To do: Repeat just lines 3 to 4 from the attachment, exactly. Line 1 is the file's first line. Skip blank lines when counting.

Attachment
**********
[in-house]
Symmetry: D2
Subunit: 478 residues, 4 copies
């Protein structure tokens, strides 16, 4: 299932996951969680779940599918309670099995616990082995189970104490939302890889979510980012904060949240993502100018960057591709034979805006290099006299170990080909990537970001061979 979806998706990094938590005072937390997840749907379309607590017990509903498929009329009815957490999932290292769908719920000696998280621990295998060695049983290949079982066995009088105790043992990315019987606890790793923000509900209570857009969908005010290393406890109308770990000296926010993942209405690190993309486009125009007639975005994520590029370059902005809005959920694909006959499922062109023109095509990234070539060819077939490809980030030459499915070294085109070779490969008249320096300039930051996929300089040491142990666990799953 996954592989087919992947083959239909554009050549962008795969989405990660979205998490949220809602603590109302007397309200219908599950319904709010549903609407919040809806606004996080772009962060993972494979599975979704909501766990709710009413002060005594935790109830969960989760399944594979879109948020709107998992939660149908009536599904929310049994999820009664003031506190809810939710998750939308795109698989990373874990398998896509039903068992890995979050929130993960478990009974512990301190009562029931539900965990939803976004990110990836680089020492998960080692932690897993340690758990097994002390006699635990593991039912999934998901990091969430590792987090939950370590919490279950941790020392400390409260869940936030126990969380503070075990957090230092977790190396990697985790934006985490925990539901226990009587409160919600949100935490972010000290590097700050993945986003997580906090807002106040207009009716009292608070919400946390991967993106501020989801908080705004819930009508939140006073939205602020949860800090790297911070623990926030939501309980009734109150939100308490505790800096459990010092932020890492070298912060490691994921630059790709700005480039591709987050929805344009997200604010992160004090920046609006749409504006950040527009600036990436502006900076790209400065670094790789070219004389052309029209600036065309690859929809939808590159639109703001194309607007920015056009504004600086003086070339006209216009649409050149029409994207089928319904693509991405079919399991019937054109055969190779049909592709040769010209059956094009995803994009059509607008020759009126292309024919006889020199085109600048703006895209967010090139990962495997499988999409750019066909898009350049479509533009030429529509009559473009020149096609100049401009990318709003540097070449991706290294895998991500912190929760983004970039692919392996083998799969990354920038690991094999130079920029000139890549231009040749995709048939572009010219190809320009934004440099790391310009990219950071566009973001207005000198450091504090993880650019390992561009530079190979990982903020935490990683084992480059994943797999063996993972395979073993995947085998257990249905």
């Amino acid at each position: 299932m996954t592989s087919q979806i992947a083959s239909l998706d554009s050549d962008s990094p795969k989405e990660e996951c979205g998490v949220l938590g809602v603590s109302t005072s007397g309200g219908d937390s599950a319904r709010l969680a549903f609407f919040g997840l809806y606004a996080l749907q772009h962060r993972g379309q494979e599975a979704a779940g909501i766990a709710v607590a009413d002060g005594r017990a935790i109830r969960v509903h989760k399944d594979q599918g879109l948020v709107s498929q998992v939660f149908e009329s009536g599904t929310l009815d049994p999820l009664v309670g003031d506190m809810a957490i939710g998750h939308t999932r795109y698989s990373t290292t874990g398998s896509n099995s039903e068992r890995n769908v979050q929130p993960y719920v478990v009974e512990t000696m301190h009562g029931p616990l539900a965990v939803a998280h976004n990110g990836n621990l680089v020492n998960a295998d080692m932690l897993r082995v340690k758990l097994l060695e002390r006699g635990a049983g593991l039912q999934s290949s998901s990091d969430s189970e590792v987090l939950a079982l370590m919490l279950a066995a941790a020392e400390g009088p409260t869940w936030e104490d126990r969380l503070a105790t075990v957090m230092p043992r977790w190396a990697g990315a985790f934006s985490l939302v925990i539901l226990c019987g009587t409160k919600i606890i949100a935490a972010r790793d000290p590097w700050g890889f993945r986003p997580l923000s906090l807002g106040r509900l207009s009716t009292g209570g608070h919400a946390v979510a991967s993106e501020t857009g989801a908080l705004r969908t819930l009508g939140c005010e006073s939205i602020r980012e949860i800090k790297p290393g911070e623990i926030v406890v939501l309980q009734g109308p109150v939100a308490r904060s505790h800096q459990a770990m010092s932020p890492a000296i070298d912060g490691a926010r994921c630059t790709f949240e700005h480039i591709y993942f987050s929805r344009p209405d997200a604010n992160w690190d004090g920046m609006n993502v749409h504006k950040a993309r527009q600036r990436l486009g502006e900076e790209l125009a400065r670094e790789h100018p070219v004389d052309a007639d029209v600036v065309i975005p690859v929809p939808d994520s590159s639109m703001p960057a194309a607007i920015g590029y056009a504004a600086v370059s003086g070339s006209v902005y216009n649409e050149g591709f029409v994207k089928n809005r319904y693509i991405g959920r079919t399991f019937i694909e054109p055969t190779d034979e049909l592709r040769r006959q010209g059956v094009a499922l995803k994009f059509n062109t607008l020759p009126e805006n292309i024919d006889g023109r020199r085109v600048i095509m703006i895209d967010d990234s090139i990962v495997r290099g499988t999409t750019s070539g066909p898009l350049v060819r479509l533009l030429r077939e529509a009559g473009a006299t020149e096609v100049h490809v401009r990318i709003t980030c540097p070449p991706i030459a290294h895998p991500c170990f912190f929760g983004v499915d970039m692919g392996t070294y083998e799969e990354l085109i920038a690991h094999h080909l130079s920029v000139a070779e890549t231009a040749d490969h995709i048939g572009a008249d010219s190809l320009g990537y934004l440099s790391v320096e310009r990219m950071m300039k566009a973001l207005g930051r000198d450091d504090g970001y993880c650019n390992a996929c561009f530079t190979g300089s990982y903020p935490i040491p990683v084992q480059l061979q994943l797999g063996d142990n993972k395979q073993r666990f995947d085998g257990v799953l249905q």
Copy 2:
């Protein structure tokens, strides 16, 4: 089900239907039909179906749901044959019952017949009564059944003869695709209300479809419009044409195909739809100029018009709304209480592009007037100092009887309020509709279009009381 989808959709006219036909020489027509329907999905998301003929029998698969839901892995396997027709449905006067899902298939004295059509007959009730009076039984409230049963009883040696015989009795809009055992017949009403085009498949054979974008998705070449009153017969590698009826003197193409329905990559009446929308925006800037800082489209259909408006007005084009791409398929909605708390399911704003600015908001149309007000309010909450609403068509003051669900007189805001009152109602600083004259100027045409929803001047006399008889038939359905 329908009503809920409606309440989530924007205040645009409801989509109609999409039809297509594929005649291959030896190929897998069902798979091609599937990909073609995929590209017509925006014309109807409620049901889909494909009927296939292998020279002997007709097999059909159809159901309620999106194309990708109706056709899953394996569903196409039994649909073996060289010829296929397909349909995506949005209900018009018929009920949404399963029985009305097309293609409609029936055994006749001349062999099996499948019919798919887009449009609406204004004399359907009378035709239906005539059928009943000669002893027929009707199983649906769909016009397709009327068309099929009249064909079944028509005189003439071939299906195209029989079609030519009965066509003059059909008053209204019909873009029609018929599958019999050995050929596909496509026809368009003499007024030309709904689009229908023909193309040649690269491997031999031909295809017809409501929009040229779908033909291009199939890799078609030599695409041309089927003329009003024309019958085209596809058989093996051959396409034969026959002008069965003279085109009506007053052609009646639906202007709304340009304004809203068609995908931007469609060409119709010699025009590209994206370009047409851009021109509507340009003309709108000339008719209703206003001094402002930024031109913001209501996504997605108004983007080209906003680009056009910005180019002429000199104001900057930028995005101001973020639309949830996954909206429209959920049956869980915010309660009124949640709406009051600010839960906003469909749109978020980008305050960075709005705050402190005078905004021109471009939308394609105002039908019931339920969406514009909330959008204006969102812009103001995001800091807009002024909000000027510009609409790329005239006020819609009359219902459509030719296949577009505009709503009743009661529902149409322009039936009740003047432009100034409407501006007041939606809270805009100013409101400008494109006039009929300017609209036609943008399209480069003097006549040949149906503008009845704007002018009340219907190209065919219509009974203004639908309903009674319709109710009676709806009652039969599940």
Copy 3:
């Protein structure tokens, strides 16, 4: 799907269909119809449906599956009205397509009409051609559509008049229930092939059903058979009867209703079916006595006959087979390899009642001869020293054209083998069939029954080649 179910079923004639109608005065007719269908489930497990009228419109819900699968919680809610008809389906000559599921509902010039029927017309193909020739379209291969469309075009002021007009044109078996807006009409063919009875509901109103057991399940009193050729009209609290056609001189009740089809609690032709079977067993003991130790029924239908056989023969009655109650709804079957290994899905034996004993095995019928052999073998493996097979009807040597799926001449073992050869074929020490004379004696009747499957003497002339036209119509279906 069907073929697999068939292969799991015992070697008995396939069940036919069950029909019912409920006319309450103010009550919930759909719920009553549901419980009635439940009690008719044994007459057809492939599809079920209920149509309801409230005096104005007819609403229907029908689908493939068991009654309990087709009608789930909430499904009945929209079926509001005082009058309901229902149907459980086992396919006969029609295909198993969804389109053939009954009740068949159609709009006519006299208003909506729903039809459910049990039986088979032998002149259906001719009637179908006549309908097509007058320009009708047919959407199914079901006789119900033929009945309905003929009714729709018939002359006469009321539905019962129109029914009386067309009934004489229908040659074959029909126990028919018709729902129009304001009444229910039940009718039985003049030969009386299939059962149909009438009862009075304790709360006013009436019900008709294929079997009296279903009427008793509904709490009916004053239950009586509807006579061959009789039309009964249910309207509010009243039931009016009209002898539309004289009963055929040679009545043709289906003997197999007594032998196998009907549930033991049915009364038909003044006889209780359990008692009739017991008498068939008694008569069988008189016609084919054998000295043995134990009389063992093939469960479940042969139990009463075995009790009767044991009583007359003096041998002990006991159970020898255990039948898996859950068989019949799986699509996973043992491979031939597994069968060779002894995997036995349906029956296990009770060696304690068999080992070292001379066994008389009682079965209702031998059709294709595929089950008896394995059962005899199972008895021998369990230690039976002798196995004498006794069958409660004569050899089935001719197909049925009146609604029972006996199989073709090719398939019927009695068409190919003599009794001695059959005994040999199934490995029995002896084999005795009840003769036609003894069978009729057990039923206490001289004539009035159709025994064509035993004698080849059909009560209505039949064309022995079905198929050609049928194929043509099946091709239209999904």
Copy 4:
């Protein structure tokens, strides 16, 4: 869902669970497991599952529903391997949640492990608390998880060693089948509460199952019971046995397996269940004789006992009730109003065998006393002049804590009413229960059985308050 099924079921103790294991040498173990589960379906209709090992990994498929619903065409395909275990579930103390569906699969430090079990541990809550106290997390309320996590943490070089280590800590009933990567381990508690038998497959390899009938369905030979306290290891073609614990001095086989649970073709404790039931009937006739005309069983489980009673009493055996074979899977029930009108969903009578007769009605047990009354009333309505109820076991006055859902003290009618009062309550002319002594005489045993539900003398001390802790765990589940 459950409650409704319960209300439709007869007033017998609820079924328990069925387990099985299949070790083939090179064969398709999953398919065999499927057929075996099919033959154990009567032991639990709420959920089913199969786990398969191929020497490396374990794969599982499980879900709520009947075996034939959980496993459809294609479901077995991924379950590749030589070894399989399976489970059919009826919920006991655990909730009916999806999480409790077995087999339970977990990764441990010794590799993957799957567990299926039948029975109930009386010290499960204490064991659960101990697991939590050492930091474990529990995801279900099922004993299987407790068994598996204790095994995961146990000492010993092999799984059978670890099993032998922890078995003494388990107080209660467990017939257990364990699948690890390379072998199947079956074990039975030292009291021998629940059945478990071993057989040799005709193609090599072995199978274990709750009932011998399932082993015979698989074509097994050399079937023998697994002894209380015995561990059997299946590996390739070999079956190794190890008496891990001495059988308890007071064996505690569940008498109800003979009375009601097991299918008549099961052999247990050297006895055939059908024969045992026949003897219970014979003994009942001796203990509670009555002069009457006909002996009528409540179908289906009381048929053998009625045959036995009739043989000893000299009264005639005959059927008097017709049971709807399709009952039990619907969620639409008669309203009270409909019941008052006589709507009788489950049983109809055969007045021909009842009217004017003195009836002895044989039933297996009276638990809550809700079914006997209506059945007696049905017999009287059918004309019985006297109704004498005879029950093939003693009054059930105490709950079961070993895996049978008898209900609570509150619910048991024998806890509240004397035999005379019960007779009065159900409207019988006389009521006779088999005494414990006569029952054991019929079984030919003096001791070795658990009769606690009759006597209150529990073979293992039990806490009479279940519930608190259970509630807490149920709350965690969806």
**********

Subunit: 478 residues, 4 copies
């Protein structure tokens, strides 16, 4: 299932996951969680779940599918309670099995616990082995189970104490939302890889979510980012904060949240993502100018960057591709034979805006290099006299170990080909990537970001061979 979806998706990094938590005072937390997840749907379309607590017990509903498929009329009815957490999932290292769908719920000696998280621990295998060695049983290949079982066995009088105790043992990315019987606890790793923000509900209570857009969908005010290393406890109308770990000296926010993942209405690190993309486009125009007639975005994520590029370059902005809005959920694909006959499922062109023109095509990234070539060819077939490809980030030459499915070294085109070779490969008249320096300039930051996929300089040491142990666990799953 996954592989087919992947083959239909554009050549962008795969989405990660979205998490949220809602603590109302007397309200219908599950319904709010549903609407919040809806606004996080772009962060993972494979599975979704909501766990709710009413002060005594935790109830969960989760399944594979879109948020709107998992939660149908009536599904929310049994999820009664003031506190809810939710998750939308795109698989990373874990398998896509039903068992890995979050929130993960478990009974512990301190009562029931539900965990939803976004990110990836680089020492998960080692932690897993340690758990097994002390006699635990593991039912999934998901990091969430590792987090939950370590919490279950941790020392400390409260869940936030126990969380503070075990957090230092977790190396990697985790934006985490925990539901226990009587409160919600949100935490972010000290590097700050993945986003997580906090807002106040207009009716009292608070919400946390991967993106501020989801908080705004819930009508939140006073939205602020949860800090790297911070623990926030939501309980009734109150939100308490505790800096459990010092932020890492070298912060490691994921630059790709700005480039591709987050929805344009997200604010992160004090920046609006749409504006950040527009600036990436502006900076790209400065670094790789070219004389052309029209600036065309690859929809939808590159639109703001194309607007920015056009504004600086003086070339006209216009649409050149029409994207089928319904693509991405079919399991019937054109055969190779049909592709040769010209059956094009995803994009059509607008020759009126292309024919006889020199085109600048703006895209967010090139990962495997499988999409750019066909898009350049479509533009030429529509009559473009020149096609100049401009990318709003540097070449991706290294895998991500912190929760983004970039692919392996083998799969990354920038690991094999130079920029000139890549231009040749995709048939572009010219190809320009934004440099790391310009990219950071566009973001207005000198450091504090993880650019390992561009530079190979990982903020935490990683084992480059994943797999063996993972395979073993995947085998257990249905």